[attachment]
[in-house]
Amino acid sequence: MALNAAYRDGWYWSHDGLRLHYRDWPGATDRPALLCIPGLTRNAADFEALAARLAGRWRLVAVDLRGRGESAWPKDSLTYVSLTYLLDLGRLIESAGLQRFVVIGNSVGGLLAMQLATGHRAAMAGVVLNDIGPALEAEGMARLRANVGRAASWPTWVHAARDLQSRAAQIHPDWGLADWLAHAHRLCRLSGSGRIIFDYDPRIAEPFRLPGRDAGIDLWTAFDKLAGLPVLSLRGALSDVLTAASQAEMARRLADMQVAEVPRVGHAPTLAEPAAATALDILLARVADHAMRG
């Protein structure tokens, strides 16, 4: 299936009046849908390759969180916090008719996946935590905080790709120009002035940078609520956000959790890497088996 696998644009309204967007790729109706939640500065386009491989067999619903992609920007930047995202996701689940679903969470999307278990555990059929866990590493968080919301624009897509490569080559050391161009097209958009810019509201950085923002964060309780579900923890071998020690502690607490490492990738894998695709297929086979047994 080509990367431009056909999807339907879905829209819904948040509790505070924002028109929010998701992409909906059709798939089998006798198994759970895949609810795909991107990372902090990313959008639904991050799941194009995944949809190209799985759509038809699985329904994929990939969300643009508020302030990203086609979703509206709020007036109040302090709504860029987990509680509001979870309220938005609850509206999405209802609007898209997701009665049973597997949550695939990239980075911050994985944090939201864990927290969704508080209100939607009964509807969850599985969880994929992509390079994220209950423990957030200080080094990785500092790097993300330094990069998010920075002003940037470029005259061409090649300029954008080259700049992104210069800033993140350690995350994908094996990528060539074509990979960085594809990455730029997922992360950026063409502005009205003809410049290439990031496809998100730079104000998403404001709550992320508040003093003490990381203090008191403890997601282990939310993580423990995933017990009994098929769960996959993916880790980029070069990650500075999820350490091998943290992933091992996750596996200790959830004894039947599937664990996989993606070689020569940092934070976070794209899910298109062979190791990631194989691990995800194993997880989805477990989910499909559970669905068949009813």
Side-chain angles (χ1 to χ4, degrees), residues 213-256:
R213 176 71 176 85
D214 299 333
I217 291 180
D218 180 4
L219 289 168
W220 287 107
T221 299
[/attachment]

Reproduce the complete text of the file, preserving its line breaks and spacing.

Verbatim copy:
[in-house]
Amino acid sequence: MALNAAYRDGWYWSHDGLRLHYRDWPGATDRPALLCIPGLTRNAADFEALAARLAGRWRLVAVDLRGRGESAWPKDSLTYVSLTYLLDLGRLIESAGLQRFVVIGNSVGGLLAMQLATGHRAAMAGVVLNDIGPALEAEGMARLRANVGRAASWPTWVHAARDLQSRAAQIHPDWGLADWLAHAHRLCRLSGSGRIIFDYDPRIAEPFRLPGRDAGIDLWTAFDKLAGLPVLSLRGALSDVLTAASQAEMARRLADMQVAEVPRVGHAPTLAEPAAATALDILLARVADHAMRG
């Protein structure tokens, strides 16, 4: 299936009046849908390759969180916090008719996946935590905080790709120009002035940078609520956000959790890497088996 696998644009309204967007790729109706939640500065386009491989067999619903992609920007930047995202996701689940679903969470999307278990555990059929866990590493968080919301624009897509490569080559050391161009097209958009810019509201950085923002964060309780579900923890071998020690502690607490490492990738894998695709297929086979047994 080509990367431009056909999807339907879905829209819904948040509790505070924002028109929010998701992409909906059709798939089998006798198994759970895949609810795909991107990372902090990313959008639904991050799941194009995944949809190209799985759509038809699985329904994929990939969300643009508020302030990203086609979703509206709020007036109040302090709504860029987990509680509001979870309220938005609850509206999405209802609007898209997701009665049973597997949550695939990239980075911050994985944090939201864990927290969704508080209100939607009964509807969850599985969880994929992509390079994220209950423990957030200080080094990785500092790097993300330094990069998010920075002003940037470029005259061409090649300029954008080259700049992104210069800033993140350690995350994908094996990528060539074509990979960085594809990455730029997922992360950026063409502005009205003809410049290439990031496809998100730079104000998403404001709550992320508040003093003490990381203090008191403890997601282990939310993580423990995933017990009994098929769960996959993916880790980029070069990650500075999820350490091998943290992933091992996750596996200790959830004894039947599937664990996989993606070689020569940092934070976070794209899910298109062979190791990631194989691990995800194993997880989805477990989910499909559970669905068949009813």
Side-chain angles (χ1 to χ4, degrees), residues 213-256:
R213 176 71 176 85
D214 299 333
I217 291 180
D218 180 4
L219 289 168
W220 287 107
T221 299